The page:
“Here’s to all that was great way back when!” proclaims Laughing Hand. No shame. No crying. Just a finely-crafted melancholic reminder of what it was really like for him and for the earlier Keith McKellar. The process of his imaginative neon eulogy project transformed McKellar into Laughing Hand, a handle given to him not by any member of his tribe but seemingly from the neon and Vancouver’s dark sky. His is the hand that joyfully remembers and colourfully connects the past with the present. The W bleeds into his persona. This is the moment when he was born as a street artist, laughing at his hand and his ability to do this. This was the authentic personality he’d been striving for as he drove his taxi back and forth across town in his self-directed work cleanse.
I asked Keith what were the sources of his inspirations. An autodidact? “Yes.” Mork from Ork? “No! I credit the 11th century Latin scholar, Hilarius, as my main inspiration.” Curiously, this is the realm of the jongleur (wandering minstrel), a name that was later ascribed to the Goliards. They were known for their satirical poetry written in Latin, the common language that underpinned their education. They were the first to question the concepts of the church in Medieval Christian times. Think Piers Plowman. The late Joachim Foikis, Vancouver’s first and only official Town Fool, would have had something in common with this satirical tradition.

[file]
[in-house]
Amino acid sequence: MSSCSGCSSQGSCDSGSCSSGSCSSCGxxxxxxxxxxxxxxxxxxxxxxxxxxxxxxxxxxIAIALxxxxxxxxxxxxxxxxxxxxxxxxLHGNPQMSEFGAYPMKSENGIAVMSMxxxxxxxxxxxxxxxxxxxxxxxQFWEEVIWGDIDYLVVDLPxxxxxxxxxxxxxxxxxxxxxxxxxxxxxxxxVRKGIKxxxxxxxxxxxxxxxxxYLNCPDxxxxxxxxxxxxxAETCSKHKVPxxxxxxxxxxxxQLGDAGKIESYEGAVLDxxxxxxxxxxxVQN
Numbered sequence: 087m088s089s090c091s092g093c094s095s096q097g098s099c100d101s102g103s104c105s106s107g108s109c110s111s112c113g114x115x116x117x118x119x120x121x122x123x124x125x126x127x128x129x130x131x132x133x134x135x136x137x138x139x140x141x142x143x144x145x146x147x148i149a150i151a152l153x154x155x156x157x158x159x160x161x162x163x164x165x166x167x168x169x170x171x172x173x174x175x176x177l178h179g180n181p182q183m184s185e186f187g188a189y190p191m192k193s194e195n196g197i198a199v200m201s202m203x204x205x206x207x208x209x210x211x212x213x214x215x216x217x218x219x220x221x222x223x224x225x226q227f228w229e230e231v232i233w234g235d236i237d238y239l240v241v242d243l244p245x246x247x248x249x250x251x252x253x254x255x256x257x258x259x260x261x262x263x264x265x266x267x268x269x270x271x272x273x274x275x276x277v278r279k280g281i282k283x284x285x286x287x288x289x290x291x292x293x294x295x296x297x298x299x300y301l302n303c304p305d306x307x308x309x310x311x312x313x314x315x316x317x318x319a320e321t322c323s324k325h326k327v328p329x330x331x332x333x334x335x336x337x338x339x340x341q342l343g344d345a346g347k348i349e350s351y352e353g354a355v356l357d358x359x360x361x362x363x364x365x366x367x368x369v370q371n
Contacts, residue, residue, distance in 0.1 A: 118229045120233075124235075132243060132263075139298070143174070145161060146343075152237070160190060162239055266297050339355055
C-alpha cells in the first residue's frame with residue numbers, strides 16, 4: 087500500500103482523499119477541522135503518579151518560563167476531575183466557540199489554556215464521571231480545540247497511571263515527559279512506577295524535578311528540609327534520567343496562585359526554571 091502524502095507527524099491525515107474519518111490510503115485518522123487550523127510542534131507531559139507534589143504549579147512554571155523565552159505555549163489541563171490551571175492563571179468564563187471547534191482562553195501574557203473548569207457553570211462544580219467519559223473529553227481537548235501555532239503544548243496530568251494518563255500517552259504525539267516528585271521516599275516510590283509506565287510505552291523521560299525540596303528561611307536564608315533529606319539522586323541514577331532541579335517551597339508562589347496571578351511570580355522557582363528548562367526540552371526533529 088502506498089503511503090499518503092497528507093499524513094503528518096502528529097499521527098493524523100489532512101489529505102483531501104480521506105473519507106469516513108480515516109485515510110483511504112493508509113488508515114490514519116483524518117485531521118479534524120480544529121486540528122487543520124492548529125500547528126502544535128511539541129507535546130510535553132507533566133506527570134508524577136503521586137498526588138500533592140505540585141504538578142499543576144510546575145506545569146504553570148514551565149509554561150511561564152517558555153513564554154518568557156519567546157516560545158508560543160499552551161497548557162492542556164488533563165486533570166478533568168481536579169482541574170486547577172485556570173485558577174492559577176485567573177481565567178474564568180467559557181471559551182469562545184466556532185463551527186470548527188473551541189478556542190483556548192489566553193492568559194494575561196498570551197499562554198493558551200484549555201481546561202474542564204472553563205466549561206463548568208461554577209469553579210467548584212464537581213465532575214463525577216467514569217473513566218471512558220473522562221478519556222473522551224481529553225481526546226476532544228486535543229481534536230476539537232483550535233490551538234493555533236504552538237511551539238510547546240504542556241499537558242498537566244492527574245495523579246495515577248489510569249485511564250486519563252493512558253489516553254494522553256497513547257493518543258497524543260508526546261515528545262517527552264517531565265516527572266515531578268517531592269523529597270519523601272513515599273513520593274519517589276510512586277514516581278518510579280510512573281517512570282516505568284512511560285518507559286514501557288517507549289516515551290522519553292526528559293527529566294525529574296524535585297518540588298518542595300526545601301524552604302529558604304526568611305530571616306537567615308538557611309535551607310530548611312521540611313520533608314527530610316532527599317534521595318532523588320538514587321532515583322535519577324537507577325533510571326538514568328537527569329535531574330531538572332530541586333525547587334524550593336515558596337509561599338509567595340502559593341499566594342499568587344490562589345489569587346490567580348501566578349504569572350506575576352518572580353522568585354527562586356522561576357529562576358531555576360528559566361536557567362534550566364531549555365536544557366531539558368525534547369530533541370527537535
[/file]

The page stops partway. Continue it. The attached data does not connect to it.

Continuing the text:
As for McKellar, inspired and transmogrified into Laughing Hand, he would now dress up in some funky clothes and sketch the places he loved and talk to the people who owned and managed them. On the back cover of his book is this blurb of self-description: “Appearing and disappearing in the street as though a Hopi clown off the rooftops, with his show wagon, surviving in the moment of his making the drawings and selling his prints from a string and an umbrella.”
McKellar told me over the phone that Rachel Berman (a.k.a. Susan King), the late illustrator from Victoria, helped get his drafting skills off the ground. She also provided inspiration and insight into own her novel and off-beat illustrations. There is definitely something of her influence in his work.
The dazzling pictorial quality of Revolving W & Flying Pigs wouldn’t be anywhere near the same without McKellar’s verbal imagery, hammered and smithied over his years of driving for Black Top Cabs. His narrative is mercifully devoid of the devices that doomed poetry and stripped it of its wide 60s and 70s audience, imposing a freeze-dried minimalism that was underwhelming in its descriptive range. McKellar’s voice, though, often overstates its laments, a witness bemoaning the end of an era. This may be because there is so much to mourn. With each brush stroke and painting, he wistfully remembers our town with a high-def, fully-dilated eye and with his writing underpinning it. Take for example the entry for the Lucky Times Café:
A cafe takes on the character of the people that visit it. Upstairs the old rooming house called the Cambie Rooms is still standing intact; nearly sculpture, wearing a hundred coats of paint … the crinkle of elderhood, detailed bay windows, intricate stacked corners and ledges. I see an apparition of an occupant in his regular spot at his window after he’s passed away. Through the nightmare tangle of droopy, alley electrical wires, the surreal “W” pokes up phantom and periscope in an ironic twist on the mouth of the sky. Caught orbital dreamer…. We must squint to get a glimmer of its authentic face to see through the disappearing and the disappeared (p. 45).